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Sudduth launching new Watch DOGS program

February 24, 2013

A Watch DOGS volunteer gives a student a check-up in the nurse's office of one of 2,659 schools in 46 states where Watch DOGS operates. Watch DOGS lets male role models of all kinds assist with such tasks as monitoring the school entrance and lunchroom, unloading buses and cars, and helping students with classwork and homework with teachers' guidance. (Photo courtesy Shelly Perry, Watch DOGS)

As Title I social worker at Sudduth Elementary School, Ginger Mitchell sees a lot of mothers each day.

Mitchell said a great many mothers had joined Sudduth's Parent-Teacher Organization, and a number of mothers taught or had other jobs at Sudduth. It was rarer, she said, to see fathers — or even grown men in general — and she wanted to change that.

"I think there may be less than 10 (men) working in our school," Mitchell said. "Our kids respond to them. Our kids are excited to see them. They are just starved for male attention, for just having that father figure. There are a significant number of children in our school who do not have a father at home or a father figure in their lives."

Mitchell is coordinating Sudduth's new Watch DOGS (Dads of Great Students) program, which will kick off 6 p.m. Feb. 26 in Sudduth's cafeteria.

Watch DOGS began in 1998 in one Springdale, Ark. school, according to the program's website, and it has spread to 2,659 schools in 46 states and the District of Columbia. Mitchell said Watch DOGS invited male role models of all kinds — fathers, grandfathers, uncles and more — to volunteer at least one day at their local school during the school year to assist with such tasks as monitoring the school entrance and lunchroom, unloading buses and cars, and helping students with classwork and homework with teachers' guidance.

"(Watch DOGS volunteers can) be an extra set of hands and eyes for our kids," Mitchell said. "There are several schools in Mississippi that do the program, and we connected to it through one of our schools we talk to on a regular basis. We're just hoping that by providing this program, we can make our men more visible and increase (students') access to those positive male role models."

Mitchell said Watch DOGS programs were not limited to K-2. They could stretch all the way from kindergarten to 12th grade, she said, and she hoped to see that happen eventually in the SSD.

"Kids who have a positive male influence in their lives are likelier to graduate from high school and not drop out," Mitchell said. "We're just trying to implement that at a young age."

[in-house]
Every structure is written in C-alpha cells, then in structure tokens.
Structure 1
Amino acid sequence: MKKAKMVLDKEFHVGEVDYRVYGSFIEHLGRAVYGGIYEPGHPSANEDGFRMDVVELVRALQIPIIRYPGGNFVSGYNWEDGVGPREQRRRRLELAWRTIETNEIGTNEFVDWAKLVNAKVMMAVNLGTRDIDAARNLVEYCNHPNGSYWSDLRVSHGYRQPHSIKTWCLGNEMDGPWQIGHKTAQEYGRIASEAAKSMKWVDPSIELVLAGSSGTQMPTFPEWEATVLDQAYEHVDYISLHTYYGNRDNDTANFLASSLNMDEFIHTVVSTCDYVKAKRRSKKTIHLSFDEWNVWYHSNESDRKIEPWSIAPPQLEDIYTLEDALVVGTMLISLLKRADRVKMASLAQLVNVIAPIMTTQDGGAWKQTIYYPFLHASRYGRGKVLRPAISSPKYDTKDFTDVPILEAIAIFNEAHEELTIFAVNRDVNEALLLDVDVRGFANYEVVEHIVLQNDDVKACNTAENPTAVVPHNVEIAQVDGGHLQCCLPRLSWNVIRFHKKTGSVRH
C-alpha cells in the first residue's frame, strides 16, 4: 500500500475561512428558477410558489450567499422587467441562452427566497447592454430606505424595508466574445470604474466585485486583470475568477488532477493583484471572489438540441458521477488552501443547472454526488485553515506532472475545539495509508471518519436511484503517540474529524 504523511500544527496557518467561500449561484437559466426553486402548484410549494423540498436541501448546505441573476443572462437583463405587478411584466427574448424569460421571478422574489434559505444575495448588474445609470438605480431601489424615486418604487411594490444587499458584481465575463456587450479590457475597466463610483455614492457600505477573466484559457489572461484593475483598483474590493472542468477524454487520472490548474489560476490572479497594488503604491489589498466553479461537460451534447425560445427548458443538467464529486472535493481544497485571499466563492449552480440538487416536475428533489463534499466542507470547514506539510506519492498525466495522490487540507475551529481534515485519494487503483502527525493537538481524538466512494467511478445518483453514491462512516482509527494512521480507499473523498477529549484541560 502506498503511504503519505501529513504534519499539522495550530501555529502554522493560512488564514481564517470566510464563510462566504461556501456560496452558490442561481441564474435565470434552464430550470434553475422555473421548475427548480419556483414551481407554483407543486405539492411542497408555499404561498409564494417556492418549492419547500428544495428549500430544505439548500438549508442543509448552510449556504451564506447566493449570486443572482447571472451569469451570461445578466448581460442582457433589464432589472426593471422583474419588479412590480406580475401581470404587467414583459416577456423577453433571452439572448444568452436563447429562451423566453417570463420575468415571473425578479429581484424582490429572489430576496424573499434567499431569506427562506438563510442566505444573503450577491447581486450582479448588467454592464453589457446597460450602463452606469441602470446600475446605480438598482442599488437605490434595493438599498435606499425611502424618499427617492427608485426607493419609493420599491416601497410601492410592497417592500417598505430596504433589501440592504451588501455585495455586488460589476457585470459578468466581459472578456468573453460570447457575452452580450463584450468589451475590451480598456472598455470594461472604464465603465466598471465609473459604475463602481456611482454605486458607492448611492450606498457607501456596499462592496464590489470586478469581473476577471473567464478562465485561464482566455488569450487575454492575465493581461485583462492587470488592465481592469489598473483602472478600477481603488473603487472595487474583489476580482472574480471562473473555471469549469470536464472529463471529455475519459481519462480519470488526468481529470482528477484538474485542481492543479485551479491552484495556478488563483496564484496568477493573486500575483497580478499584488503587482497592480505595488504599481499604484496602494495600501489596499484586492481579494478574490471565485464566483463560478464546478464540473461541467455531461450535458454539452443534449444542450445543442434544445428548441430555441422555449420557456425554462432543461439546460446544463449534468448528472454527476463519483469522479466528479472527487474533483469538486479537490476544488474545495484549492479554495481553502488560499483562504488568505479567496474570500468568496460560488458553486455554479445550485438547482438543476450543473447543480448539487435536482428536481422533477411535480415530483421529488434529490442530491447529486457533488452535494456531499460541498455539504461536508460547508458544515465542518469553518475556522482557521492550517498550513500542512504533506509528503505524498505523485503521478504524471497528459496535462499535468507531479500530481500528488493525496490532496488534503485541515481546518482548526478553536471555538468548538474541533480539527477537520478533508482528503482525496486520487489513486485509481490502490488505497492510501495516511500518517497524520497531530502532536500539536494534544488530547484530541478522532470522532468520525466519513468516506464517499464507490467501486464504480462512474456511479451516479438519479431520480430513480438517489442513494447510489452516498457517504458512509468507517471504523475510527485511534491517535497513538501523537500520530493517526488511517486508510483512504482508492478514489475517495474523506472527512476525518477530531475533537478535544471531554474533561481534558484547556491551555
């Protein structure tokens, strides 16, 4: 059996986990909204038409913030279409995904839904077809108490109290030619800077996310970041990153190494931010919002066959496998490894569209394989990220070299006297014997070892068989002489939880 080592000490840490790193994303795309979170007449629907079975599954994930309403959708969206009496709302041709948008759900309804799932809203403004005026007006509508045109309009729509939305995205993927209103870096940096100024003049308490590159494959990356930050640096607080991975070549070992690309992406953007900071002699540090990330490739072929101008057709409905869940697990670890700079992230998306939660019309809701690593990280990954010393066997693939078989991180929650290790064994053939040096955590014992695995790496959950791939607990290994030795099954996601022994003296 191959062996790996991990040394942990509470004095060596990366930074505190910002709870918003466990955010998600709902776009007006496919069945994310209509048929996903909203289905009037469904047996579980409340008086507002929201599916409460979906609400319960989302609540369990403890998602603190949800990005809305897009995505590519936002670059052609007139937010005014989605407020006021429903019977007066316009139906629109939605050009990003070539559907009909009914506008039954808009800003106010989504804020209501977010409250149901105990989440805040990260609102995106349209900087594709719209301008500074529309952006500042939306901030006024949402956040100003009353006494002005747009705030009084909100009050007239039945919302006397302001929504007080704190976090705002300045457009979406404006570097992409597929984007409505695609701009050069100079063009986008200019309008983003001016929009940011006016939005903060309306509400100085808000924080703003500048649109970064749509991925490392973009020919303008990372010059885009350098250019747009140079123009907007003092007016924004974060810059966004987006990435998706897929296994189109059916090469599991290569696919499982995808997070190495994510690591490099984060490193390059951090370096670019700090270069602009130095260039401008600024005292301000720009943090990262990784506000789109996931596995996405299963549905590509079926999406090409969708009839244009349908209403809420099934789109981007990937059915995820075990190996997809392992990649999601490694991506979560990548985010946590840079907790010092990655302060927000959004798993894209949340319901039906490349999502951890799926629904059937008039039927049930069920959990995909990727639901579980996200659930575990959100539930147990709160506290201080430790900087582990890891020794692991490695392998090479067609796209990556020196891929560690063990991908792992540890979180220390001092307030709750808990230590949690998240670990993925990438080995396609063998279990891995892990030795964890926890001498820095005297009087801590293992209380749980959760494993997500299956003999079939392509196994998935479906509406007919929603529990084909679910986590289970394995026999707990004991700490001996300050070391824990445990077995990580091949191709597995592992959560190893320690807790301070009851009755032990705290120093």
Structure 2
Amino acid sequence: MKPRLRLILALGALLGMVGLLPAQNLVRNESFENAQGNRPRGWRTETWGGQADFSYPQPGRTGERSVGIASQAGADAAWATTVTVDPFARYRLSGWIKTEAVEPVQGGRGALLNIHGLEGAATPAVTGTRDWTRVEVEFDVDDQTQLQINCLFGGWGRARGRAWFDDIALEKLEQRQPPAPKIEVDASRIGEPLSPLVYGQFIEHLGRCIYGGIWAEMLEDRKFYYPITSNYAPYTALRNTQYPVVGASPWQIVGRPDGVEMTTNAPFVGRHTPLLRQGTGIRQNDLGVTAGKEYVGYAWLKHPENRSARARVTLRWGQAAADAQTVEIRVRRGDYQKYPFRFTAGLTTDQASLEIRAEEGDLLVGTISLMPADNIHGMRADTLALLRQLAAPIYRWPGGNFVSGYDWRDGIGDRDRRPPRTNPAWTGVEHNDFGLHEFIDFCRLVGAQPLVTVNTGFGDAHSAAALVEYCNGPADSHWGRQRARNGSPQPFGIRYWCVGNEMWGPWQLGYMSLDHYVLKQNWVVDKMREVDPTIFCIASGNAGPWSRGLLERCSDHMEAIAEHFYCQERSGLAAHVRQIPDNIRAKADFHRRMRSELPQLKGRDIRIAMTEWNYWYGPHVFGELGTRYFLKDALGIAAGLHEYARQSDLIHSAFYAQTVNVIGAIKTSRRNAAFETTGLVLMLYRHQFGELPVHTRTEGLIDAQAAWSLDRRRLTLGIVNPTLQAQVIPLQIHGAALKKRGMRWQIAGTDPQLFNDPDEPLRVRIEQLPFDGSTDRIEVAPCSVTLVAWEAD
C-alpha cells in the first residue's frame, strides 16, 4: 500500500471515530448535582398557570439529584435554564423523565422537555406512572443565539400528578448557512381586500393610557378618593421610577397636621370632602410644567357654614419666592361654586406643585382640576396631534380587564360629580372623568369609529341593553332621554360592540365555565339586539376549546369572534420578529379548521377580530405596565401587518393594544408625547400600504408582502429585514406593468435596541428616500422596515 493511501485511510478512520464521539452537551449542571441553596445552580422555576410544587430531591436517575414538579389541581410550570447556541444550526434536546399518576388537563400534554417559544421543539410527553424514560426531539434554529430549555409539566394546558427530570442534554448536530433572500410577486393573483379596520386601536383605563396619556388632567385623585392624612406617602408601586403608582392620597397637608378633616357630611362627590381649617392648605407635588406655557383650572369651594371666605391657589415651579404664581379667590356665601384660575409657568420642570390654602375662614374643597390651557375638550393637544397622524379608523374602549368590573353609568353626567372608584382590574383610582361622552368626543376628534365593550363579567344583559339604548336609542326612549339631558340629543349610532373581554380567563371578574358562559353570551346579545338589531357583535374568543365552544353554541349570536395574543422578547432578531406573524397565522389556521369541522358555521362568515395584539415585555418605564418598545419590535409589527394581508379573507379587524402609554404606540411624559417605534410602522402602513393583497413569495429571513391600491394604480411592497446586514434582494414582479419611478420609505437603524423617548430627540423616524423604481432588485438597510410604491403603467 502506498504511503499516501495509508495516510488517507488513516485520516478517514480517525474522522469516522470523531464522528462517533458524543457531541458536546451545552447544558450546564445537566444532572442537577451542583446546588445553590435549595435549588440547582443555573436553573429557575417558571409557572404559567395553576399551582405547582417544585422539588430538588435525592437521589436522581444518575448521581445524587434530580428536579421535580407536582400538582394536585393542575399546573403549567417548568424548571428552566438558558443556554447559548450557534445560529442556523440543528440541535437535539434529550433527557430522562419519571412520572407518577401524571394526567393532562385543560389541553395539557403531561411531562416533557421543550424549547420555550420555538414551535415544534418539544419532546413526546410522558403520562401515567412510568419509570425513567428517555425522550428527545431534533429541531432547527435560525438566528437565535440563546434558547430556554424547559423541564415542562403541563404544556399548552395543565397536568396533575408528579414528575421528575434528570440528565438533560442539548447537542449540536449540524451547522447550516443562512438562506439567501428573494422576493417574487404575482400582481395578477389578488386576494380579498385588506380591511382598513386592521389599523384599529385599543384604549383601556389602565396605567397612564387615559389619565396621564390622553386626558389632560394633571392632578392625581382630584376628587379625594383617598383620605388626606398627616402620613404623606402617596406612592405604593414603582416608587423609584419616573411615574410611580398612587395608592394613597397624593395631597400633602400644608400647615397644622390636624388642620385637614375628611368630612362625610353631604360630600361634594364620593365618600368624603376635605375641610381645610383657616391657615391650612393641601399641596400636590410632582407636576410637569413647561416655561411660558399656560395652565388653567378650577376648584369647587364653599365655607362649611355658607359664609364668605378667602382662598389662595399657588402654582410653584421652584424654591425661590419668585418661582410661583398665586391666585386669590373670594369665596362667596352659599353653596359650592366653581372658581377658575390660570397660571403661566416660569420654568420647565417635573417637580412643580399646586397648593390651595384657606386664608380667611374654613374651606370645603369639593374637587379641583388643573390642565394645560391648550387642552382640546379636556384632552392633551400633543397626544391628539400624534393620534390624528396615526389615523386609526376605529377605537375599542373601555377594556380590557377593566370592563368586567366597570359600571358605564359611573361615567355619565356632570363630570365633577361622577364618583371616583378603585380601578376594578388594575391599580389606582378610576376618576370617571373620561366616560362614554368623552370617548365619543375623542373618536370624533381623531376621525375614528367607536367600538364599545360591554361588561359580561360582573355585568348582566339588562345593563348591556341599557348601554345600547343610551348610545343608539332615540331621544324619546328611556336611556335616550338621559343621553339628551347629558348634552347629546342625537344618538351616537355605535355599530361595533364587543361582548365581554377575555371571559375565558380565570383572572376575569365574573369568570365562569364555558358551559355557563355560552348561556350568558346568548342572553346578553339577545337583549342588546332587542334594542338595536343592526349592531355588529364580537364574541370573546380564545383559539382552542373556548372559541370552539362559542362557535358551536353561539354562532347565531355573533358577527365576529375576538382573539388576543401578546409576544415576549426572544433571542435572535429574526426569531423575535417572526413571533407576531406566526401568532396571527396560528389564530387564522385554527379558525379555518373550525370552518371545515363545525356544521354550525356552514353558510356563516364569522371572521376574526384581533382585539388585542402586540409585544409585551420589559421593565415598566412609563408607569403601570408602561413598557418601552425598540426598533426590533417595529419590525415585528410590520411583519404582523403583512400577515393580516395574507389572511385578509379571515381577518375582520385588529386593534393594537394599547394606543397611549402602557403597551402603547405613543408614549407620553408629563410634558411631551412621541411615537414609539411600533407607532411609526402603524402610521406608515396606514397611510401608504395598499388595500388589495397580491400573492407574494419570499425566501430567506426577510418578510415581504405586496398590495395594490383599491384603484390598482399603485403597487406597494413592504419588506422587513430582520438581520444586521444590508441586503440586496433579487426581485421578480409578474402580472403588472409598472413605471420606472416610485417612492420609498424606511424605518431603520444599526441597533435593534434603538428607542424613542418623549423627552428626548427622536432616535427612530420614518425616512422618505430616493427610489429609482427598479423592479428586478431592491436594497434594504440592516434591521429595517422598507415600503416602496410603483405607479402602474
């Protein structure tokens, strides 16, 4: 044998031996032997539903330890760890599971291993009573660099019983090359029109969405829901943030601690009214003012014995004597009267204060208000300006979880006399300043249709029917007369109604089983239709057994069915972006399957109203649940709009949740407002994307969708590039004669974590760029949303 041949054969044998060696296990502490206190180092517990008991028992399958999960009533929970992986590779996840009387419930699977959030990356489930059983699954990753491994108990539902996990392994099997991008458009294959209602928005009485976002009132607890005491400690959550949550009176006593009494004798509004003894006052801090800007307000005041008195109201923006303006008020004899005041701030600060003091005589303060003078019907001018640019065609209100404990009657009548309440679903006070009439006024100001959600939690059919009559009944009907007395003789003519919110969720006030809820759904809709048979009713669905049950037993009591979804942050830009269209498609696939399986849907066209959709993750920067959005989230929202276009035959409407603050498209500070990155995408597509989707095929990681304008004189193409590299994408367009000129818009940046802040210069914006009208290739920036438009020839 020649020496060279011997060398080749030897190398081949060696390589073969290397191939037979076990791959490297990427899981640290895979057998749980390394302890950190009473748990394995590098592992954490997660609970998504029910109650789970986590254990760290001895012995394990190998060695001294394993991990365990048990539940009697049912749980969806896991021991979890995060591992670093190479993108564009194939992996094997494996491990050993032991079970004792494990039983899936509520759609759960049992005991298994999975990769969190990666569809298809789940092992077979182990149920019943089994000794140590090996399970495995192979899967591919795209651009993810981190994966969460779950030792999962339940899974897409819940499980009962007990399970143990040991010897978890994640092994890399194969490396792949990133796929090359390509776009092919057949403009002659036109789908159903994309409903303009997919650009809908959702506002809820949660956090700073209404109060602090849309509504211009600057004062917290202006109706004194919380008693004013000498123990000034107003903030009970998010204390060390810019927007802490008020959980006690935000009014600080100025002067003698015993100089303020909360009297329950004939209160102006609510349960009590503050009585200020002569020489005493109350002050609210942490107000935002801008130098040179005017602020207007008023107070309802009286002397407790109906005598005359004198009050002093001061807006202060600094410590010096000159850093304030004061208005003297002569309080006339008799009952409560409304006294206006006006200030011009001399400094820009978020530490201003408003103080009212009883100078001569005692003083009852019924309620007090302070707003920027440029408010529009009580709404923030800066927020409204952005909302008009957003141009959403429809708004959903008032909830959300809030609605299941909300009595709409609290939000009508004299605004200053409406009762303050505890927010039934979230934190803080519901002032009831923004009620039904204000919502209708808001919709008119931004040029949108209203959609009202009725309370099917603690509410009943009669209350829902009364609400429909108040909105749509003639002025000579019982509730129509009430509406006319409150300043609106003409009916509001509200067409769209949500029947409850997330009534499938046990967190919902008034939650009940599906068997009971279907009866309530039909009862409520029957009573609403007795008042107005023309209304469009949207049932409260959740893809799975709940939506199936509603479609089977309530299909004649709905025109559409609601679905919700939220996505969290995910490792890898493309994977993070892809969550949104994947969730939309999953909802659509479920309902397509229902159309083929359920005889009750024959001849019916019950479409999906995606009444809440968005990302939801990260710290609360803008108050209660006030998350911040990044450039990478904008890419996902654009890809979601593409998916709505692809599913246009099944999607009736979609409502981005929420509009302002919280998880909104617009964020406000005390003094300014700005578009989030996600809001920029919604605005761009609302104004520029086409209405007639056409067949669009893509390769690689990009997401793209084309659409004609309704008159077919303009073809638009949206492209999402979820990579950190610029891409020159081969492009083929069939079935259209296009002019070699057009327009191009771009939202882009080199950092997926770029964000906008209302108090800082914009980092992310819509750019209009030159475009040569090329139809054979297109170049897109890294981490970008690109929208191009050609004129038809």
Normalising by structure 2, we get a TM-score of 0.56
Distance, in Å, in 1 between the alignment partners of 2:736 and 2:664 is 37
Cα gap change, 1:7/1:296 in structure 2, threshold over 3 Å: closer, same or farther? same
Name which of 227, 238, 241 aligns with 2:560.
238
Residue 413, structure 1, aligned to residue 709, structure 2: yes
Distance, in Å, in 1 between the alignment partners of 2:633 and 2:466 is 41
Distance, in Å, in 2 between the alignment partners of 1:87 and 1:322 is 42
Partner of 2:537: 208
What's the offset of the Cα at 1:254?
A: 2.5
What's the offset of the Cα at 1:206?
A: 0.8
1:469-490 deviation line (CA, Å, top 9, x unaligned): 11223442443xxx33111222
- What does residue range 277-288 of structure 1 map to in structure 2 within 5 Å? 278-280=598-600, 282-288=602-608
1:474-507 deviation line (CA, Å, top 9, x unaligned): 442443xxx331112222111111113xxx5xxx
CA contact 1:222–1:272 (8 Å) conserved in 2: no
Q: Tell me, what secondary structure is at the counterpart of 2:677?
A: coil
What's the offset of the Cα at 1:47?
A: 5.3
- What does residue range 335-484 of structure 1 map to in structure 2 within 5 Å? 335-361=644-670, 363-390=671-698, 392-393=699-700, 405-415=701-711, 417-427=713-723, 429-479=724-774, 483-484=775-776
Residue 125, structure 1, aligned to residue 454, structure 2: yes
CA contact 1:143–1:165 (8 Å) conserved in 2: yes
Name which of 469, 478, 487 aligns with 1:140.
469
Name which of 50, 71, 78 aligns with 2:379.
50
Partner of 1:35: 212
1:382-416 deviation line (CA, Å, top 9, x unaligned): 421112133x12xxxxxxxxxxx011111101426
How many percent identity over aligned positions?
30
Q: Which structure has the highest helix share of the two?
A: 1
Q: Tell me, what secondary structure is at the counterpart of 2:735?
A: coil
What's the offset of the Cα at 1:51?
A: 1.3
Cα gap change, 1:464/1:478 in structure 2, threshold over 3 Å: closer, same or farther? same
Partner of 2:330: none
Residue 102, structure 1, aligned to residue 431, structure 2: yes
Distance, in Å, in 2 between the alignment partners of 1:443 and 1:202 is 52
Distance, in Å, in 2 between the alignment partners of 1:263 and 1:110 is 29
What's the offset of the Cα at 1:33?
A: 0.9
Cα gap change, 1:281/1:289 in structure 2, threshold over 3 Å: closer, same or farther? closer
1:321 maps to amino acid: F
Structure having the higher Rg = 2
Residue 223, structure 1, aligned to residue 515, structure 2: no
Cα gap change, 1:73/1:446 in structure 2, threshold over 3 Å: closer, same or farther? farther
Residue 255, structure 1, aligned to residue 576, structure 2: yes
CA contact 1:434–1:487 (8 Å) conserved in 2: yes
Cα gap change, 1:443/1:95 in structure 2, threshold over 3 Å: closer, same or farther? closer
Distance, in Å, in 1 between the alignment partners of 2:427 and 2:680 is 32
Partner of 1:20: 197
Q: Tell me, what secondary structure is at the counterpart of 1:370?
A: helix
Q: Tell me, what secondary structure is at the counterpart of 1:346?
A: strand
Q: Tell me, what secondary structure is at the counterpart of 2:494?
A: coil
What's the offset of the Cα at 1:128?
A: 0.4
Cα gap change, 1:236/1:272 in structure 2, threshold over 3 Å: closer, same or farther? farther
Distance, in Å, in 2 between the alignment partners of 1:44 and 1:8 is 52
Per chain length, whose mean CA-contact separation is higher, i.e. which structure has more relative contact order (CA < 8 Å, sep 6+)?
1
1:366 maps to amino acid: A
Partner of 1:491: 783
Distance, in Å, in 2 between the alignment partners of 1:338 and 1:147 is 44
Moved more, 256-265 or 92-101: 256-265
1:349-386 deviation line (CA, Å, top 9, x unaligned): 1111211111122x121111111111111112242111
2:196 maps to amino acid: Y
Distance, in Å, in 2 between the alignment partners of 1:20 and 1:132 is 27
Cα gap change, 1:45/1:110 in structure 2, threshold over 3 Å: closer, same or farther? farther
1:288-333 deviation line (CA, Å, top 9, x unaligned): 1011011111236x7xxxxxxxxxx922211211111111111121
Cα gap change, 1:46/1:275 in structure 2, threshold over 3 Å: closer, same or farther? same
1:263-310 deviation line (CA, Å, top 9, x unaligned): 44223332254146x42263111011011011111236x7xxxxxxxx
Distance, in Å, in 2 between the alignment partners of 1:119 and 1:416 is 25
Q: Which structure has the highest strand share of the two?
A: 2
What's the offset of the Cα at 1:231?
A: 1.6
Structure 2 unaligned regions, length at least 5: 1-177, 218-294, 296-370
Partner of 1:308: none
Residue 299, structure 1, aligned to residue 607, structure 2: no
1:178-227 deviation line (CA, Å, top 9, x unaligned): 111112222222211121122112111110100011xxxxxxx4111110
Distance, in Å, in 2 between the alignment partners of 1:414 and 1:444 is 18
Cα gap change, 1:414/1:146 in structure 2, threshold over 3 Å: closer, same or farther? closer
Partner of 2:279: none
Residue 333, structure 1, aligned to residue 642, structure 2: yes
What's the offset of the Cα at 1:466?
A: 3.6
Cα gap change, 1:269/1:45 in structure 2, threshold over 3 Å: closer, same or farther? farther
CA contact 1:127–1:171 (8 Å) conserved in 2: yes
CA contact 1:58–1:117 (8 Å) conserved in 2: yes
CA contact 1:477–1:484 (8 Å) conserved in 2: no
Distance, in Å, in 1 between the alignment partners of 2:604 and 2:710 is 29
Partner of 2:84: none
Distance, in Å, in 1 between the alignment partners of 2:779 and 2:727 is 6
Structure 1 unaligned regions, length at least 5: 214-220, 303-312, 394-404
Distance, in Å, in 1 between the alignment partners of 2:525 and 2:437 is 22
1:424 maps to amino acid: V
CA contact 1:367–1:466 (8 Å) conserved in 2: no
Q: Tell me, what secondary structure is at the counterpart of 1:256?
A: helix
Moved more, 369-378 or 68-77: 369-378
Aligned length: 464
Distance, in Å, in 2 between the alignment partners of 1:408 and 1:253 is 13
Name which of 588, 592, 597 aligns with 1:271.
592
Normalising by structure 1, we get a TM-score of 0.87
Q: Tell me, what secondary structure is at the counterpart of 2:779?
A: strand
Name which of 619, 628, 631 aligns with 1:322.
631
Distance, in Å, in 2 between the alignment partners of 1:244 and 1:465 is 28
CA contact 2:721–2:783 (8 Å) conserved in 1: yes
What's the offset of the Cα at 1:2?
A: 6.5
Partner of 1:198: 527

Mitchell said the program could also be an opportunity to reunite children with divorced, absent or otherwise disconnected fathers. She said Sudduth held a preliminary lunch program for men interested in Watch DOGS, where the promise of father-child reunions began to show.

"We had one dad who came and said he does not live in the home with his son, but this would be a great way for him to have a connection with his son outside the home in a positive way," Mitchell said. "(For) dads that are disconnected, this is a great way to show your child you really value them."

Mitchell said busy prospective Watch DOGS volunteers could sign up for as little as one or two days out of the school year. Starkville Mayor Parker Wiseman said he intended to attend the kickoff and volunteer as often as his schedule permitted.

"I think it's a great idea. It's a great way to get fathers and male role models involved with the kids in our schools," Wiseman said. "I think the concept is great because children need as many role models in their life as possible, and often adults struggle to find ways to be an active role model. This provides an avenue for men in our community to be role models for children."

Wiseman said he also volunteered with the SSD's Achievement Involving Mentoring (AIM) program. He became a father himself in July, and he said becoming a father had increased his appreciation for programs like Watch DOGS.

"Being a father changes my perspective, because I now can view a program like this through the lens of a father, and the most important job that I have is being a positive role model for my daughter," Wiseman said.
"In addition to that, I want her to have many role models in the community, and programs like this make that possible. I think every child needs positive male influences in their life. That can come from inside and outside of the home. Hopefully, this provides an opportunity for both."

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